Archive | August 2016

POLLINATOR SYMPOSIUM SCHEDULED

EASTERN TIGER SWALLOWING NECTARING AT PHLOX

EASTERN TIGER SWALLOWING NECTARING AT PHLOX

If you want to learn more about the important relationships that exists between pollinators and plants, you should consider attending the upcoming Bees, Butterflies and Beyond Symposium 2016: Pollinators and Plants.

The symposium will be held September 17, 2016 from 8:30 A.M.-3:00 P.M. at the Atrium in downtown Douglas.

The $30 registration fee includes lunch. Folks wanting to attend the event must register by September 6.

The symposium is sponsored by the Douglas Garden Club, Green Thumb Garden Club, General Coffee State Park, UGA Extension, Douglas-Coffee Chamber of Commerce and Kelly McDonald Photograph.

For more information, go to Google Search and type in Bees, Butterflies and Beyond Symposium 2016: Pollinators and Plants.

 

CREPE MYRTLE – BEAUTIFUL BUT NOT A WILDLIFE PLANT

CREPE MYRTLE

Crepe myrtle is one of Georgia’s most recognizable summer bloomers.  It is difficult to go anywhere without seeing them. We spot them growing along city streets, in yards, and around public buildings.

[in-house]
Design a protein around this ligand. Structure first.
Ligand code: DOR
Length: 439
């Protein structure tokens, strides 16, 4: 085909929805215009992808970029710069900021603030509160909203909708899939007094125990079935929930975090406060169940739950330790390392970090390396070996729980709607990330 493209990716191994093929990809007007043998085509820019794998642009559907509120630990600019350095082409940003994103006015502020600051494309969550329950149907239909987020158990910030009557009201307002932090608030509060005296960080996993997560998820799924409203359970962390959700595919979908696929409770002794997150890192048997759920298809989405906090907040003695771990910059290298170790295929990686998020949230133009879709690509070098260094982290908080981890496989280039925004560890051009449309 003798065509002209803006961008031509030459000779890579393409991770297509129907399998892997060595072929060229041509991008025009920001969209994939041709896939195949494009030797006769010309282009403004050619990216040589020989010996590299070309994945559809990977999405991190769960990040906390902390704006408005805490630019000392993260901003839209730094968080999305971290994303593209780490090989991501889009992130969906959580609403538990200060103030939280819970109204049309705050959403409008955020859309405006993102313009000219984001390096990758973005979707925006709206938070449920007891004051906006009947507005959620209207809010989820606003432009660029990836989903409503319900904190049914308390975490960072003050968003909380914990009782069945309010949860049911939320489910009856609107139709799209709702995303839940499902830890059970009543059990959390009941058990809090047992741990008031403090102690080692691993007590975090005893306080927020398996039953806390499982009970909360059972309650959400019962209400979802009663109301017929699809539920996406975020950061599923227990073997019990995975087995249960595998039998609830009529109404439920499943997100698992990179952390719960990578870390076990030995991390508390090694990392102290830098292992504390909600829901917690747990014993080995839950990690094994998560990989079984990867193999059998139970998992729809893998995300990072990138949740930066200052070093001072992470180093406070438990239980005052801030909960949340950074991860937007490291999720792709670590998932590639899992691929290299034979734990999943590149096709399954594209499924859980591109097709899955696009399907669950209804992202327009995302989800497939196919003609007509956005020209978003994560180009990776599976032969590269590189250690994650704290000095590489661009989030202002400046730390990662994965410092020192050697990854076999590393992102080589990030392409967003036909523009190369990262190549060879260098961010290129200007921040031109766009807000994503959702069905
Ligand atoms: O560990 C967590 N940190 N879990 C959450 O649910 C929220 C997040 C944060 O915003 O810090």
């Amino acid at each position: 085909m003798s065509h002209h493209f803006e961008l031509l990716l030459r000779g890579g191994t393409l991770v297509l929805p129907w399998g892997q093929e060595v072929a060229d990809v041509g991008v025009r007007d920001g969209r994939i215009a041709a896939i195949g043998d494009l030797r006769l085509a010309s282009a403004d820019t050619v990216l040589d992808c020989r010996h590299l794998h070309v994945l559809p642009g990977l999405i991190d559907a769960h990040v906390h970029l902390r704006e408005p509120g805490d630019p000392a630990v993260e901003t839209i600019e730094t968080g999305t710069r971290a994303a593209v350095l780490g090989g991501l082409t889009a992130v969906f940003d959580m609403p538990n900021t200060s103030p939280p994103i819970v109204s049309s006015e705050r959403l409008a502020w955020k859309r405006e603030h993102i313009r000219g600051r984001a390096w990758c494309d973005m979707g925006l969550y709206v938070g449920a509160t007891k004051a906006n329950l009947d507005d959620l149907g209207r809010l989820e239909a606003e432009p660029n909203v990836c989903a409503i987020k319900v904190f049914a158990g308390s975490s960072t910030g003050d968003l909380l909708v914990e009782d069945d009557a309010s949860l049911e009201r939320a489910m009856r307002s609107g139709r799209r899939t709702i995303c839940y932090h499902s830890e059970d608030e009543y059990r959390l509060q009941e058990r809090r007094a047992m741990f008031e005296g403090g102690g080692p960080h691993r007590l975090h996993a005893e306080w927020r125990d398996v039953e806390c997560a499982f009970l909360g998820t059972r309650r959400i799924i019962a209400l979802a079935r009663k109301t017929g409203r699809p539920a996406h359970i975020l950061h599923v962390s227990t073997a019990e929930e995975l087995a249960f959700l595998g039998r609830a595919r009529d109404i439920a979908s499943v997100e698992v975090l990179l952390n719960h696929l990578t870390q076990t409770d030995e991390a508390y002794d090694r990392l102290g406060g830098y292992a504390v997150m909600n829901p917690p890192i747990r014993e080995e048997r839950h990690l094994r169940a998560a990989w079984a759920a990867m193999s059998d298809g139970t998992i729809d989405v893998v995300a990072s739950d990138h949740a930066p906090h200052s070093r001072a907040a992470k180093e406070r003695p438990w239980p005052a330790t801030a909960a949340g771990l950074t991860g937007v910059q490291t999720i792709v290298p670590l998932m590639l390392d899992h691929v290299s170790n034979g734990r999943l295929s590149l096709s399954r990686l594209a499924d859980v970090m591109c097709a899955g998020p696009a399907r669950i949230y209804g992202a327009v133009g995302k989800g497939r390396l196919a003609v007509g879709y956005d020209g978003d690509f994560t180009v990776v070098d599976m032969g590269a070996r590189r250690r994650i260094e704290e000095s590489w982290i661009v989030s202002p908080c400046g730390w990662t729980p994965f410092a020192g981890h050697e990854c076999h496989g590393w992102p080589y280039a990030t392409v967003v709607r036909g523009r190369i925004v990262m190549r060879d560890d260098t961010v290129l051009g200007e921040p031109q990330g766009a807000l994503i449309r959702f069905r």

These large shrubs-small trees are truly stunning. Throughout the summer they produce an abundance of attractive flowers ranging in color from white to purple and pink. In the fall, the foliage of different varieties turn purple, yellow, orange or red.  Why even their bark is attractive.

       If that isn’t enough other than pruning them back in the winter, they require little care.  These hardy plants are able to withstand dry conditions, bloom well in the heat and humidity of summer.  On top of that, they prosper in most well-drained soil types.

       With so much going for it, one could easily assume it is the perfect plant to include in your home landscape. However, if you want to establish plants that are valuable to backyard wildlife, this is not the plant for you.

       Aside from the fact that birds occasionally nest in crepe myrtles, they have little value to wildlife.  Crepe myrtles are not the host plants for our butterflies and moths. They do not produce a bounty of pollen and nectar for our native pollinators, or serve as a valuable source of seeds for birds and other wildlife species.

       With that in mind, if you are looking for a woody plant that will only beautify your yard, plant crepe myrtle. However, if you are seeking a plant that provides beauty and is valuable to our backyard wildlife neighbors there are many other plants that fit the bill.